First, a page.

North Korea’s already tenuous economic lifelines to the outside world are now nearly severed as it seals its borders with China and Russia to prevent the spread of the 2019 novel coronavirus.
Already one of the most closed-off nations in the world, North Korea has stopped flights and train services with its neighbors, established weeks-long mandatory quarantines for foreigners, suspended international tourism and imposed a near-complete lockdown on cross-border travel.
The shutdowns could hurt North Korean leader Kim Jong-un’s efforts to make good on his promise to jump-start the economy. Those efforts have been undermined by a lack of progress in denuclearization talks with the US, which has led the way in imposing international sanctions on Pyongyang.
“They’re keeping the cargo out and they’re keeping the Chinese out; nobody can go in or out,” a source with firsthand knowledge of the situation at the China-North Korea border said.
Kang Mi-jin, a North Korean defector in Seoul who reports for the Daily NK Web site, confirmed that the border appears to have been almost entirely shut down since at least Thursday last week.
“The [North Korean] Ministry of People’s Armed Forces ordered all guard posts to bar smuggling as well,” she said. “People, freight, nothing can come in or go out.”
Pyongyang has reportedly asked Beijing not to repatriate North Korean defectors detained in China, said a South Korean pastor who works with refugees.
North Koreans who work in restaurants and elsewhere in China, contravening UN sanctions, are in “virtual captivity” in their homes under instructions from the authorities in Pyongyang, the border source said.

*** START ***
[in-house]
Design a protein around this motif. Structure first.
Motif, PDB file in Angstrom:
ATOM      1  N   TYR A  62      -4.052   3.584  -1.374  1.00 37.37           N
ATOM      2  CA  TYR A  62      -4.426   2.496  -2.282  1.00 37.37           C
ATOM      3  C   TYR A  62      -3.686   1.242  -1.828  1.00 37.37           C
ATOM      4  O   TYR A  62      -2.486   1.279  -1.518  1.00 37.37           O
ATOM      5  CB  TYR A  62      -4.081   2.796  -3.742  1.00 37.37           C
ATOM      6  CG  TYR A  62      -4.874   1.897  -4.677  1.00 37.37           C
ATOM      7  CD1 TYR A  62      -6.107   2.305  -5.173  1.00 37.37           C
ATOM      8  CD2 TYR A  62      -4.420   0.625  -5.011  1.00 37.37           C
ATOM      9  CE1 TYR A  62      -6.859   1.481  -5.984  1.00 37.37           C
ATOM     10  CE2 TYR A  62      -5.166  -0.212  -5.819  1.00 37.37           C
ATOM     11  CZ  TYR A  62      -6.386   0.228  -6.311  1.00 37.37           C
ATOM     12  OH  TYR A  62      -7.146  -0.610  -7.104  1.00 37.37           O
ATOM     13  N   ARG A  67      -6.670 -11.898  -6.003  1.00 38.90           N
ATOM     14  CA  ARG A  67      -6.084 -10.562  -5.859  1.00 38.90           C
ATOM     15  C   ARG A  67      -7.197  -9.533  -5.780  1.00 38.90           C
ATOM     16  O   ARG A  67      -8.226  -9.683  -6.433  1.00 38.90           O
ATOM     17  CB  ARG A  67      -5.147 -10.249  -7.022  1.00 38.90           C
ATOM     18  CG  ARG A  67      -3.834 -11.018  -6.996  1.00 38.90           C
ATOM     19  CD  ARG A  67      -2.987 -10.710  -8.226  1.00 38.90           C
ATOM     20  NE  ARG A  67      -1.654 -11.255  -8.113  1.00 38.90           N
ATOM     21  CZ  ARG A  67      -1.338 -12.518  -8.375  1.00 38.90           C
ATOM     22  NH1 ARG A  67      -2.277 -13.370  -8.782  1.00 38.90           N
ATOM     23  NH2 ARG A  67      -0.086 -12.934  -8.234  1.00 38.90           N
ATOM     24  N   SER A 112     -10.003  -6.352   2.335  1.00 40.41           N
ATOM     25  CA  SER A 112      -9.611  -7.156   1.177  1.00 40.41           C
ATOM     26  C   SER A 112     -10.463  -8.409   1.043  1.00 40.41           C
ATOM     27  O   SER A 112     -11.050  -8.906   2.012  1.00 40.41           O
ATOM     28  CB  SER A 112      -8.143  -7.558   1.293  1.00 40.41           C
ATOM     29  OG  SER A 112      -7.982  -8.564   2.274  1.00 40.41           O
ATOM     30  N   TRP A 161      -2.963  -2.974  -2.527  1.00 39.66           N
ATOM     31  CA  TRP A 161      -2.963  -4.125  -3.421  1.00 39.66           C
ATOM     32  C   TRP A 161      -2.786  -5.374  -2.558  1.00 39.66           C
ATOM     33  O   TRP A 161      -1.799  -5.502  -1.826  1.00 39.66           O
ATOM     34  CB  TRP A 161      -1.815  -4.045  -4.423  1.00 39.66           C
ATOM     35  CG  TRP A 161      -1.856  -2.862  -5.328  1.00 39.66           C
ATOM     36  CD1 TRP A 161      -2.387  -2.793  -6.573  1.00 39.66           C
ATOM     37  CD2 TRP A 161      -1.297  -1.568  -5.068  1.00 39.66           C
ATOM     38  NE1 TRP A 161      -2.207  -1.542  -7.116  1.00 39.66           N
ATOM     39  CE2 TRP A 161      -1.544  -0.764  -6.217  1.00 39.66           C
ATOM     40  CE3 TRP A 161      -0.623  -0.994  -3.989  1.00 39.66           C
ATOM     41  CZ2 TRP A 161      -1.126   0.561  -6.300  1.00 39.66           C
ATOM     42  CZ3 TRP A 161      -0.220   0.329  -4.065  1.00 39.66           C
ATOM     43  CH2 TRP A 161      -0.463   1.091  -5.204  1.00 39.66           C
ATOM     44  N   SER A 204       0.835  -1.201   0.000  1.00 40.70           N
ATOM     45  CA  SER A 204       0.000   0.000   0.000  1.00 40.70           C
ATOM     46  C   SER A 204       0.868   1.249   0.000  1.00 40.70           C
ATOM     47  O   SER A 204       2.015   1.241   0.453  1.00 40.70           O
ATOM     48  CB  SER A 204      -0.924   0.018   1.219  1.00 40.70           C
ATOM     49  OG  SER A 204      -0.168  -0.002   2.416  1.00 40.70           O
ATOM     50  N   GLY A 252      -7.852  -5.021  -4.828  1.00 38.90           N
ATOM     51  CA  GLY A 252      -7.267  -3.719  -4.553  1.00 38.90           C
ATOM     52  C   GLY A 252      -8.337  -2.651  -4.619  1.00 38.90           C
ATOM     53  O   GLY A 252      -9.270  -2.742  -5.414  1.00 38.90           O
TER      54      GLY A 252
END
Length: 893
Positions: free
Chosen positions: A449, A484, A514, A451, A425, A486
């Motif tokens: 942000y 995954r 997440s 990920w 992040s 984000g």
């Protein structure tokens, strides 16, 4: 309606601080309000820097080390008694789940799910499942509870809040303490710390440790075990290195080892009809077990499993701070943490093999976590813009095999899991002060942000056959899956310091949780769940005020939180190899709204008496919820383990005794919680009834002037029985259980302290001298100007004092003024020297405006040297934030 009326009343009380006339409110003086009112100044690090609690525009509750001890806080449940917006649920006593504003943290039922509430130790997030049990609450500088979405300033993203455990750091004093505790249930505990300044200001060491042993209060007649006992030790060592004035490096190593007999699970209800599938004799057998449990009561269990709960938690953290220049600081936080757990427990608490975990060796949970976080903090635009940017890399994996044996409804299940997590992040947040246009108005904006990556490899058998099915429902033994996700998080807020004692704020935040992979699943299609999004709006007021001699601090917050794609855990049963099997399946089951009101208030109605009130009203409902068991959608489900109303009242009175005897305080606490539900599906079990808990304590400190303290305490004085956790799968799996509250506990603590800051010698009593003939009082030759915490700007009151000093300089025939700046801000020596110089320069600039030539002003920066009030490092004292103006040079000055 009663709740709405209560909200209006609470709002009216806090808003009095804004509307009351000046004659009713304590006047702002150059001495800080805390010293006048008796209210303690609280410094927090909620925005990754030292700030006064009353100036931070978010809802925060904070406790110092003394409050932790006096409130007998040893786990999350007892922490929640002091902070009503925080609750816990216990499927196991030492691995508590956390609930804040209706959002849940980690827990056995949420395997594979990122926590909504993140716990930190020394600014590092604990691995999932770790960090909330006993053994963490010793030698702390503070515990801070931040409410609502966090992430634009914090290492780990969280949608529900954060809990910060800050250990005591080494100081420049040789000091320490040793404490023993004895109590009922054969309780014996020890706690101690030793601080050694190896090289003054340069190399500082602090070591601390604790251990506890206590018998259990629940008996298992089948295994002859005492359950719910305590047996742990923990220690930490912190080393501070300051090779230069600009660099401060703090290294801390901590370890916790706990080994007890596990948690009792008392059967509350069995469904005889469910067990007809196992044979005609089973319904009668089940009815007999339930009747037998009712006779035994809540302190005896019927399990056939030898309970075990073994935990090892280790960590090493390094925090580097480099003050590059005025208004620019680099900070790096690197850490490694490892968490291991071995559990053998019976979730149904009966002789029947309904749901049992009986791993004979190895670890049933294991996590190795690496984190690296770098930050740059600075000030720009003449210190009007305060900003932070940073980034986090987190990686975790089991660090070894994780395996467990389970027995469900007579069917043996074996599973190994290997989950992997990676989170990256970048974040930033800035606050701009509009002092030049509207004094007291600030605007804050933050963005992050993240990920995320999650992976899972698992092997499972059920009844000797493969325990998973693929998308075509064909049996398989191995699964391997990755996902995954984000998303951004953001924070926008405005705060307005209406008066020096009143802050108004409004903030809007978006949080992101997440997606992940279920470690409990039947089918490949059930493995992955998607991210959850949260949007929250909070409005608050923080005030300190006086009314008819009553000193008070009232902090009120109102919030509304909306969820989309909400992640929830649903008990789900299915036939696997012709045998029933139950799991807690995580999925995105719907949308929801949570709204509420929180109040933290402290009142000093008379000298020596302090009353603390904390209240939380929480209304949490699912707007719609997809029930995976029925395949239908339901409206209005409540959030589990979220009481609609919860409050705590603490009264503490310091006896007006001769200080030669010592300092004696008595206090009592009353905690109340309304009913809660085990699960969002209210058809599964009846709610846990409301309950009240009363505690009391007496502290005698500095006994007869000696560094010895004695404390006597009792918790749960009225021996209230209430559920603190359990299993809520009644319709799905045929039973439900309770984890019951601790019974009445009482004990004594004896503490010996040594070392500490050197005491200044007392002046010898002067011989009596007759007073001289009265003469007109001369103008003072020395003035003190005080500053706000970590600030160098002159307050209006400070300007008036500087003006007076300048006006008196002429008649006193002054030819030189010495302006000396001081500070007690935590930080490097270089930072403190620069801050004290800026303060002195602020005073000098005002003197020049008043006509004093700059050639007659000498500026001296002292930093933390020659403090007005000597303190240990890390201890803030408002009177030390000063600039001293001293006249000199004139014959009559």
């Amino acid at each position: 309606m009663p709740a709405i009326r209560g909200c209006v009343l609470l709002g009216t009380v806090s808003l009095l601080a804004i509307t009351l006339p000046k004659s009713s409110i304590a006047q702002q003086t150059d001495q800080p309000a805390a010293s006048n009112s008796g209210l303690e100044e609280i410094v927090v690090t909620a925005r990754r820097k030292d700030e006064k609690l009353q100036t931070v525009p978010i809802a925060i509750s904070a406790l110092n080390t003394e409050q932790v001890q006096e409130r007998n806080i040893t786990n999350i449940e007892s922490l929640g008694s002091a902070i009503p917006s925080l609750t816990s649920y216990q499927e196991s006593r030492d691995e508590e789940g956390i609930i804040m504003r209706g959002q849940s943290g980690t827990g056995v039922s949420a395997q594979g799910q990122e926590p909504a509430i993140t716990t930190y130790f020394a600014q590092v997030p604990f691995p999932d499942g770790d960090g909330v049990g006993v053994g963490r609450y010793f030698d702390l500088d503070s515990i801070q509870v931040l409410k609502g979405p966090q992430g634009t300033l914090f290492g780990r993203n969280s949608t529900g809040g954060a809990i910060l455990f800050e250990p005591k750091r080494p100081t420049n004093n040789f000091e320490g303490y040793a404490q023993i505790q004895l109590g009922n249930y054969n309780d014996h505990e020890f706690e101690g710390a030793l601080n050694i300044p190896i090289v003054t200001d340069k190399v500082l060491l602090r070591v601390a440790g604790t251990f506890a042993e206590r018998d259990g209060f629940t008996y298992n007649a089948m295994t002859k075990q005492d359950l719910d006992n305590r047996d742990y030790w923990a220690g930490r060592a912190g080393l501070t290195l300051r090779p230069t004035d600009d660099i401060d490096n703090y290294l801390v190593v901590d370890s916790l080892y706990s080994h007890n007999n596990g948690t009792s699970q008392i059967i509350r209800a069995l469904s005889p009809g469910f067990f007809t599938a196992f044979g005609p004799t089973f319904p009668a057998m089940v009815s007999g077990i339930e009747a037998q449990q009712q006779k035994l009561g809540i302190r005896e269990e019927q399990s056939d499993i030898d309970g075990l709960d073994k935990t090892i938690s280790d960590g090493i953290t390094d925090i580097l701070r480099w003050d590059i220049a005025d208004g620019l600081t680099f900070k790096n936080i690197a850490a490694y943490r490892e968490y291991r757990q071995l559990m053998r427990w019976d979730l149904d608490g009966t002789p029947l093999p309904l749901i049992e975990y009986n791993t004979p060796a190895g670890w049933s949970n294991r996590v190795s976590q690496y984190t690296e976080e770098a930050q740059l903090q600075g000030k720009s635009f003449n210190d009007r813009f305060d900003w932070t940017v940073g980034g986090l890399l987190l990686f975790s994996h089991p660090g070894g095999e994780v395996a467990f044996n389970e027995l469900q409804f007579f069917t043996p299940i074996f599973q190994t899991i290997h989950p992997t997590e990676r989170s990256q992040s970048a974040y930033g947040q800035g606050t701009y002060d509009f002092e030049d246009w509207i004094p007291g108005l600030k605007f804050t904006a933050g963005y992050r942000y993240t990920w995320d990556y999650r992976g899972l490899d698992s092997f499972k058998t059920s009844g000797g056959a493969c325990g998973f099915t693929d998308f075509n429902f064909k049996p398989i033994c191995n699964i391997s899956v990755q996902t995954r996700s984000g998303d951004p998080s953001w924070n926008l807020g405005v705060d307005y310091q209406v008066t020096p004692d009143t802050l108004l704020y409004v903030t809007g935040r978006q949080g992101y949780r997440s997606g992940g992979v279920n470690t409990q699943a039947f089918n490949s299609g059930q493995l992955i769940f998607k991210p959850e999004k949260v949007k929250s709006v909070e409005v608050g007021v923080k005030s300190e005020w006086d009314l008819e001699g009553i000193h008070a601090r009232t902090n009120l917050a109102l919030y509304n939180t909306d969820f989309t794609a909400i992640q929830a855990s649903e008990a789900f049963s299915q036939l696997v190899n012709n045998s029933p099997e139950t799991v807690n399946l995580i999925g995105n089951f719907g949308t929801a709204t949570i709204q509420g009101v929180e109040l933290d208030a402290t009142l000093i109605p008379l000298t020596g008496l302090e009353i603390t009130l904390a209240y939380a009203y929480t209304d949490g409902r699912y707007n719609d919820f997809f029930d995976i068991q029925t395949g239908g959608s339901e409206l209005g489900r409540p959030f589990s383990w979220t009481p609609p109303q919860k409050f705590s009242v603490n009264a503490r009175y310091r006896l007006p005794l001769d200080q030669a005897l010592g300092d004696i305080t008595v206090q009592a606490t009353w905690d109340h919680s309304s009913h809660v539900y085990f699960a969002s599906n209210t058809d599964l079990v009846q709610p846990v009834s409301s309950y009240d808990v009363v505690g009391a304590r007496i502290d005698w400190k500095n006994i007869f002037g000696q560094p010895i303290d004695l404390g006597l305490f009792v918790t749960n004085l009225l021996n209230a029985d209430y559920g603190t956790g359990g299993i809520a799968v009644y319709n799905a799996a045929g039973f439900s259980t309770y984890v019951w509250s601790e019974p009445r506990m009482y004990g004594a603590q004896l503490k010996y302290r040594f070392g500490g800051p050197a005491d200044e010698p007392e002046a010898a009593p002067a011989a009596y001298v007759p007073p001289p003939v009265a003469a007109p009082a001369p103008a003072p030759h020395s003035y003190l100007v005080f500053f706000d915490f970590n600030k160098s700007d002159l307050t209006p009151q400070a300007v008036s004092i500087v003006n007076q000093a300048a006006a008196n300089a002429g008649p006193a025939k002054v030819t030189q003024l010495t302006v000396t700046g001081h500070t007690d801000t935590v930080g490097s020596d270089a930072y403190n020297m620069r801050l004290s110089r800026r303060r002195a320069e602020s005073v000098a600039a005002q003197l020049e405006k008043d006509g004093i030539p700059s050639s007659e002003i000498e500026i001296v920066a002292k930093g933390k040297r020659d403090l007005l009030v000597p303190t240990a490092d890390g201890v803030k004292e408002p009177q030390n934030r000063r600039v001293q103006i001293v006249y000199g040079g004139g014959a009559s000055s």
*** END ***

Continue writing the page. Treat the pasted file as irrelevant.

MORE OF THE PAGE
North Korea is typically adept at implementing public health interventions, and acted “swiftly and decisively” to try to stop the coronavirus from entering the nation, but sanctions restrictions could make it difficult to get medical supplies, said Harvard Medical School’s Park Kee, who has worked on healthcare projects in the nation.
“Their actions, very costly in terms of revenue from tourists and trade, as well as administratively for quarantining people, reflect their concerns regarding their health system’s capacity to handle an outbreak,” Park said.
The efforts — which appear to have been successful in preventing any cases in North Korea so far — mean Pyongyang has severed or drastically restricted the economic ties it relies on.
“There could be a huge impact, not just on the North’s market economy, but also on the entire economy of the country,” Kang said. “North Korea promotes localization, but even for products — candies, crackers or clothing — manufactured in the country, the raw materials come from China.”
Upcoming North Korean political holidays, which usually include gifts of sweets and crackers for children, could be less festive than usual if the nation’s supplies of sugar, flour and other ingredients are scarce, she said.
There are already signs that prevention measures could lead to the cancelation of military parades and other mass celebrations at least until the end of this month, which include a commemoration of the army and former North Korean leader Kim Jong-il’s birthday.
The extent of the economic risk to North Korea largely depends on the duration of the lockdown and how sweeping the restrictions are, said Artyom Lukin, deputy director for research at Far Eastern Federal University’s School of Regional and International Studies in Vladivostok, Russia.
“If the lockdown continues for several months and longer, this will certainly have a considerable negative impact on North Korea,” Lukin said.
There are no official numbers on the size of North Korea’s economy, but the Bank of Korea in Seoul estimates that in 2018 the nation’s economy shrank for a second straight year, while its international trade fell 48.4 percent.
The crisis could weaken North Korea’s position in its standoff with the US over denuclearization talks, and could lead Pyongyang to try to offset its greater economic vulnerability by making provocative moves, such as resuming long-range missile launches or nuclear tests, Lukin said.
“If the coronavirus situation is not resolved quickly, it is going to make life much more difficult for North Korea in 2020,” he said.
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